Osteoporosis International

, Volume 16, Issue 3, pp 263–272

Trabecular bone is more deteriorated in spinal cord injured versus estrogen-free postmenopausal women

  • Jill M. Slade
  • C. Scott Bickel
  • Christopher M. Modlesky
  • Sharmila Majumdar
  • Gary A. Dudley
Original Article

Abstract

The prevalence of osteoporosis is high among postmenopausal women and individuals sustaining a spinal cord injury (SCI). We assessed the effects of estrogen loss and unloading on the trabecular bone of the knee in women. Pre- and postmenopausal ambulatory women (n=17) were compared to pre- and postmenopausal women with SCI (n=20). High-resolution magnetic resonance imaging was used to compare groups on apparent measures of trabecular bone volume, trabecular number, trabecular spacing, and trabecular thickness in the distal femur and proximal tibia, regions with a high proportion of trabecular bone and the most common fracture site for SCI patients. Trabecular bone was deteriorated in women with SCI compared to ambulatory women. SCI groups had fewer, (−19 and −26% less) and thinner trabeculae (−6%) that were spaced further apart (40% and 62% more space between structures) resulting in less trabecular bone volume (−22% and −33%) compared to the ambulatory groups (tibia and femur, respectively). Postmenopausal women with SCI also had 34% greater trabecular spacing in the tibia compared to the 40-year-old premenopausal women with SCI, showing an interaction between unloading and estrogen loss. Middle-aged postmenopausal, ambulatory women, not taking estrogen or medications that affect bone, did not show the deteriorated trabeculae that were evident in women with SCI, nor did they show differences in distal femur and proximal tibia trabeculae compared to a premenopausal group. We conclude that the effect of unloading on bone architecture is greater than that of estrogen loss in middle-aged women.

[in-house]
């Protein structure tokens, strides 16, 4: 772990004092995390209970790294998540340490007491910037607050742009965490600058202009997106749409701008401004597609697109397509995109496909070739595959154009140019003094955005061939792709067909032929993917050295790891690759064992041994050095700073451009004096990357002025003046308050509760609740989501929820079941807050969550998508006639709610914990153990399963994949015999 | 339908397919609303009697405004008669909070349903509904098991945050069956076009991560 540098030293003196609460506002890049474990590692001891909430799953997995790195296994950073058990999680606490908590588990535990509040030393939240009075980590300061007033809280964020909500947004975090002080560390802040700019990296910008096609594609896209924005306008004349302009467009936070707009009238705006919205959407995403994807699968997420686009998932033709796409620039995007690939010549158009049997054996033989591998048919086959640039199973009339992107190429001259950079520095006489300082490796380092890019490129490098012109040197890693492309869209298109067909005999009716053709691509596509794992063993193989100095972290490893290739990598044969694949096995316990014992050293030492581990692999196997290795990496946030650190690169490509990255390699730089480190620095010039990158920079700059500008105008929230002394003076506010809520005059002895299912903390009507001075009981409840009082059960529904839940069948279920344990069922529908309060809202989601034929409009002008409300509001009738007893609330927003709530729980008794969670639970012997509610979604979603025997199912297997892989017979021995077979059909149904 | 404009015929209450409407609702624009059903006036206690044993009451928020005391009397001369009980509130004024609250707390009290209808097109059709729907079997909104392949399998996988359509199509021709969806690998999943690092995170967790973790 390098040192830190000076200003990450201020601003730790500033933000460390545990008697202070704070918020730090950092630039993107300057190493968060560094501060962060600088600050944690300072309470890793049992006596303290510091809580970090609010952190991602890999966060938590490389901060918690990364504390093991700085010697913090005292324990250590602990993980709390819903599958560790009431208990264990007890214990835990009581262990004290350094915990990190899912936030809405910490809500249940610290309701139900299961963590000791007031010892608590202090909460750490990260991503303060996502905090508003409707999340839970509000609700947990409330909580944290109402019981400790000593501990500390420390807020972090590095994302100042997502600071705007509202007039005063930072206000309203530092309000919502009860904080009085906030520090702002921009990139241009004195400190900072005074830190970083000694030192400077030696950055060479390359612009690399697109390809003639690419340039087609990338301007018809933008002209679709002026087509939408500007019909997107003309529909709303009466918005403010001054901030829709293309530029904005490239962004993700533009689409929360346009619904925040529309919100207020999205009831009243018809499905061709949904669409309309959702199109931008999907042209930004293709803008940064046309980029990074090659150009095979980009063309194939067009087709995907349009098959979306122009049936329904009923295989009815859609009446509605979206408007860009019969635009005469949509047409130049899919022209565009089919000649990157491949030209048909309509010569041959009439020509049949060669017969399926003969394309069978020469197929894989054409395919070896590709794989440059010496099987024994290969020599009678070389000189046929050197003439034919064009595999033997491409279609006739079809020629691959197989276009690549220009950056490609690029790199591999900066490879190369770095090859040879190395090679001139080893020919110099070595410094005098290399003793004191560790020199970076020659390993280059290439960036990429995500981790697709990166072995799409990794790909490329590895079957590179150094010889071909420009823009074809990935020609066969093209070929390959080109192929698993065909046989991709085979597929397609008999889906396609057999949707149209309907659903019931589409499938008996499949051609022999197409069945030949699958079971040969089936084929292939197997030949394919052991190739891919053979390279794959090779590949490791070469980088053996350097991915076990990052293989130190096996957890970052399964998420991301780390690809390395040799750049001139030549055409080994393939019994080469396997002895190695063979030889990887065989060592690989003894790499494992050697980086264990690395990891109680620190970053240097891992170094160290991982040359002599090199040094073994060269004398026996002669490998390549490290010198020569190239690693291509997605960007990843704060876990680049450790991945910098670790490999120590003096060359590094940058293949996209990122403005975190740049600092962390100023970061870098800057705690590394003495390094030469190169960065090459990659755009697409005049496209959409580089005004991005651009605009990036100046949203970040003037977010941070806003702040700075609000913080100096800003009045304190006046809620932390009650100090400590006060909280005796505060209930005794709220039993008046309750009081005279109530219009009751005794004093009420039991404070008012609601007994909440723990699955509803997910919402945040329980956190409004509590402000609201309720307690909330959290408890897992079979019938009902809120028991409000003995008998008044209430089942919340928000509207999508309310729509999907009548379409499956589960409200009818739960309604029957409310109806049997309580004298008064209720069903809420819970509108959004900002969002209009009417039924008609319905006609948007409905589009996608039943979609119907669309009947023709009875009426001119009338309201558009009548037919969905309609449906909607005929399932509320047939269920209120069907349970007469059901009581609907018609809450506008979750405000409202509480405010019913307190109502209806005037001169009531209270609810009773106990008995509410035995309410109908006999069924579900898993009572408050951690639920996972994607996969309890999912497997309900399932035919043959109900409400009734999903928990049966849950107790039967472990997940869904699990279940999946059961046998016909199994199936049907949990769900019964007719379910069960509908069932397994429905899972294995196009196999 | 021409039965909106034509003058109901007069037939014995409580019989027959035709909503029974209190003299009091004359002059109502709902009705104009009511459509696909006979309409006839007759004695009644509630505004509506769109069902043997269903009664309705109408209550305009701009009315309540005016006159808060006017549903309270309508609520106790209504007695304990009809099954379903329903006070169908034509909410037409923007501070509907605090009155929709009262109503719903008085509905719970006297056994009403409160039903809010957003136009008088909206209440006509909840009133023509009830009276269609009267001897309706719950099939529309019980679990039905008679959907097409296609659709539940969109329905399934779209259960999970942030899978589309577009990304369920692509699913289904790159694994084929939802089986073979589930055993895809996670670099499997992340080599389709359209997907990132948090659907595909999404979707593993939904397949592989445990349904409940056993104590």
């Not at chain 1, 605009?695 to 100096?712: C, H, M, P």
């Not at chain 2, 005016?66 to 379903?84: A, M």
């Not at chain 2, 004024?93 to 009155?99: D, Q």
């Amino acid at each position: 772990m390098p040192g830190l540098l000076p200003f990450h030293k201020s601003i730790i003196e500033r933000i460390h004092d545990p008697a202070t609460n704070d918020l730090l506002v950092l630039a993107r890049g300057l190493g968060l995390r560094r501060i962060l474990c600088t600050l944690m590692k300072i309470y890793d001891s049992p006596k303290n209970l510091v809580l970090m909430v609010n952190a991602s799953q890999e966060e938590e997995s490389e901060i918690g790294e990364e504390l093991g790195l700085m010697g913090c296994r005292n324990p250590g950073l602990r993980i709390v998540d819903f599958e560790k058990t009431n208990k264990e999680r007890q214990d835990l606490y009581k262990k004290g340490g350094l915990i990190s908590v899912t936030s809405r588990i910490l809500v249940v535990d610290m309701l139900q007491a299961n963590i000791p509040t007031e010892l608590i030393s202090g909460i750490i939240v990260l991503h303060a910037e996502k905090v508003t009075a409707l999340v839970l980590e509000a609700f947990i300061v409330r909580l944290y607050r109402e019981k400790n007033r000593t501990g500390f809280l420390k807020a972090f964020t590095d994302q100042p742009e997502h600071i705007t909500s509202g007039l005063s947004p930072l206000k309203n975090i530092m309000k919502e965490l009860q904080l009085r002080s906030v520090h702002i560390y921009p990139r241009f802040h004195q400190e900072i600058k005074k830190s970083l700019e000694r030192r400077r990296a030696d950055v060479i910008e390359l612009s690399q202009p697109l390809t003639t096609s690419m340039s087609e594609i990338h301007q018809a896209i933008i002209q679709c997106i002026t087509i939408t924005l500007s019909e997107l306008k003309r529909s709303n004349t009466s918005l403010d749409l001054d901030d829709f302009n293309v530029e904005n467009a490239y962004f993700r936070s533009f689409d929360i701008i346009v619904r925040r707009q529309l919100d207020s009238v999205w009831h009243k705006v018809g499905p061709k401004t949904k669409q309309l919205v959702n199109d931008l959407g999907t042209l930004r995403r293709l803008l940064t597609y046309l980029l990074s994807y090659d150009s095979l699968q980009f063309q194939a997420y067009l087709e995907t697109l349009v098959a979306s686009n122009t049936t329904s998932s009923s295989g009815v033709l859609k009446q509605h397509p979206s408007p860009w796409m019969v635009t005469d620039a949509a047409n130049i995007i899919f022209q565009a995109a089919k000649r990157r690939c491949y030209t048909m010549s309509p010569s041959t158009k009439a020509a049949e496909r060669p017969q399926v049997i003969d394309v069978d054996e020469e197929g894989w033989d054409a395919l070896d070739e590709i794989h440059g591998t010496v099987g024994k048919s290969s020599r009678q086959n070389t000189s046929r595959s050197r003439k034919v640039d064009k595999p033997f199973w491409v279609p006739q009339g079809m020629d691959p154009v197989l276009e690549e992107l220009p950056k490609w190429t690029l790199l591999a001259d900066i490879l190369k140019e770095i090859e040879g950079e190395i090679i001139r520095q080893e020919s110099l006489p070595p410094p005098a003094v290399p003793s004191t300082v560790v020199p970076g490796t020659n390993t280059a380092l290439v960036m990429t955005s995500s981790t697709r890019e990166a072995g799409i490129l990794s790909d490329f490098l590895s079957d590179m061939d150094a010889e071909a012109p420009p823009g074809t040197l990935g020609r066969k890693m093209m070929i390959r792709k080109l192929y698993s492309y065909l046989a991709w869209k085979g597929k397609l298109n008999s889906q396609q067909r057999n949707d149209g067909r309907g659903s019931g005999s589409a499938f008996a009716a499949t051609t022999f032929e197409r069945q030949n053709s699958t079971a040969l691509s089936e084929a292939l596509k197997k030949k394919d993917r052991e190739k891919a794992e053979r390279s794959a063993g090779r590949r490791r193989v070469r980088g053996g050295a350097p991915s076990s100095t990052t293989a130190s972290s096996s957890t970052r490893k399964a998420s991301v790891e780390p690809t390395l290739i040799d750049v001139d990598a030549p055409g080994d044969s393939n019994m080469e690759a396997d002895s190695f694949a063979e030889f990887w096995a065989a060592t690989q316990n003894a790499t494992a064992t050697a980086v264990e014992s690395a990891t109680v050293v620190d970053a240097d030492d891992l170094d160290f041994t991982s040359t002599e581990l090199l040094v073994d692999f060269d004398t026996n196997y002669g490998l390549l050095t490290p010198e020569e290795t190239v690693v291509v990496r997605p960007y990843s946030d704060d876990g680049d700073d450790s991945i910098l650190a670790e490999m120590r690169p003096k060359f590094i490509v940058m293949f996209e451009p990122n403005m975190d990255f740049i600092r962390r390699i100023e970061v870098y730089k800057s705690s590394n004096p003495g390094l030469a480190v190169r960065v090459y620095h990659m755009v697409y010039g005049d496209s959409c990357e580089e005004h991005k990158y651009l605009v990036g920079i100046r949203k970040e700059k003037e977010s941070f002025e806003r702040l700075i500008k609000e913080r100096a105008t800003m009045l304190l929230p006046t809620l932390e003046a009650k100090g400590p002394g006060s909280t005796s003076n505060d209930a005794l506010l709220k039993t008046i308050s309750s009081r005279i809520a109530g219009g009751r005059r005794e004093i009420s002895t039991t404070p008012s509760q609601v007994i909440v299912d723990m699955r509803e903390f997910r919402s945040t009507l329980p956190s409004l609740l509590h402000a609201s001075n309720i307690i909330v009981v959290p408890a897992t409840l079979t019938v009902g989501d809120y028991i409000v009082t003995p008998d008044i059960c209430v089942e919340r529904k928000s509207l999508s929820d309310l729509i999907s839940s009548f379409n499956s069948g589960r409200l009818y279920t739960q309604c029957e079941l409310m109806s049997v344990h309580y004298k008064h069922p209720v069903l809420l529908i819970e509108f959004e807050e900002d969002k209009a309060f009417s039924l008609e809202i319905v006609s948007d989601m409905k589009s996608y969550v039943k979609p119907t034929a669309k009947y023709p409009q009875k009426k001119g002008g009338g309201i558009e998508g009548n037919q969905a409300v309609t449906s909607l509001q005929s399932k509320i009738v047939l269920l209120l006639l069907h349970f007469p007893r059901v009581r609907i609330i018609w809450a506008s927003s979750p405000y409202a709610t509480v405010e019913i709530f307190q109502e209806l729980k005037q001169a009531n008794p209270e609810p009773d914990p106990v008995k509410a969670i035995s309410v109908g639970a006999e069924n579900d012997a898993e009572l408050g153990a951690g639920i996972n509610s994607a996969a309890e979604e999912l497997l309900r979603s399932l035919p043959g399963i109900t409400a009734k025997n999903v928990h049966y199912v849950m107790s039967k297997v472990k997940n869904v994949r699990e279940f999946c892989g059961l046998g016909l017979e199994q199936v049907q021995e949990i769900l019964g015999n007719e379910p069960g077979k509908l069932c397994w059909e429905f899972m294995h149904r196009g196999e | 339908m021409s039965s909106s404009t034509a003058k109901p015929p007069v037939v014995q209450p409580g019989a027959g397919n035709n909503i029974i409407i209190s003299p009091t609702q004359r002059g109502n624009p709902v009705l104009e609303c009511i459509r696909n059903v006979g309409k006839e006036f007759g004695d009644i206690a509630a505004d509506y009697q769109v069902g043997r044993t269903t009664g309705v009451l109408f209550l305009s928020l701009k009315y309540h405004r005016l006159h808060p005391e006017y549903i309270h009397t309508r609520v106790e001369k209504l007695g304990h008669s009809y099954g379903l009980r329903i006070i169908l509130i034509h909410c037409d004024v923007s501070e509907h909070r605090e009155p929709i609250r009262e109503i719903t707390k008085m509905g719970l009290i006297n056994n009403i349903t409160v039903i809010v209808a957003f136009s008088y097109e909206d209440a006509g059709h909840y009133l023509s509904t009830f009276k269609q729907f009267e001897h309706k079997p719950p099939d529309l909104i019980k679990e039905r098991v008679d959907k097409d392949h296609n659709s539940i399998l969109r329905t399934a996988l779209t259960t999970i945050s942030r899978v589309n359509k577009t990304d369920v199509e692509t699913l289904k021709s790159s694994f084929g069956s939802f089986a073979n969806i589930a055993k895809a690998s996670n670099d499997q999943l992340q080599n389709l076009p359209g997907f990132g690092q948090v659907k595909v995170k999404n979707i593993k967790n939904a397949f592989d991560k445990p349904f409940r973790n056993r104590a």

Keywords

Bone loss Menopause Spinal cord injury Trabeculae Unloading 

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Copyright information

© International Osteoporosis Foundation and National Osteoporosis Foundation 2004

Authors and Affiliations

  • Jill M. Slade
    • 1
    • 6
  • C. Scott Bickel
    • 2
  • Christopher M. Modlesky
    • 3
  • Sharmila Majumdar
    • 4
  • Gary A. Dudley
    • 1
    • 5
  1. 1.Department of Exercise ScienceUniversity of GeorgiaAthensUSA
  2. 2.Department of Physical TherapyLouisiana State University Health Sciences CenterNew OrleansUSA
  3. 3.Department of Health, Nutrition and Exercise SciencesUniversity of DelawareNewarkUSA
  4. 4.Department of RadiologyUC-San FranciscoSan FranciscoUSA
  5. 5.Shepherd CenterAtlantaUSA
  6. 6.2201 Biomedical and Physical Sciences, Department of PhysiologyMichigan State UniversityEast LansingUSA

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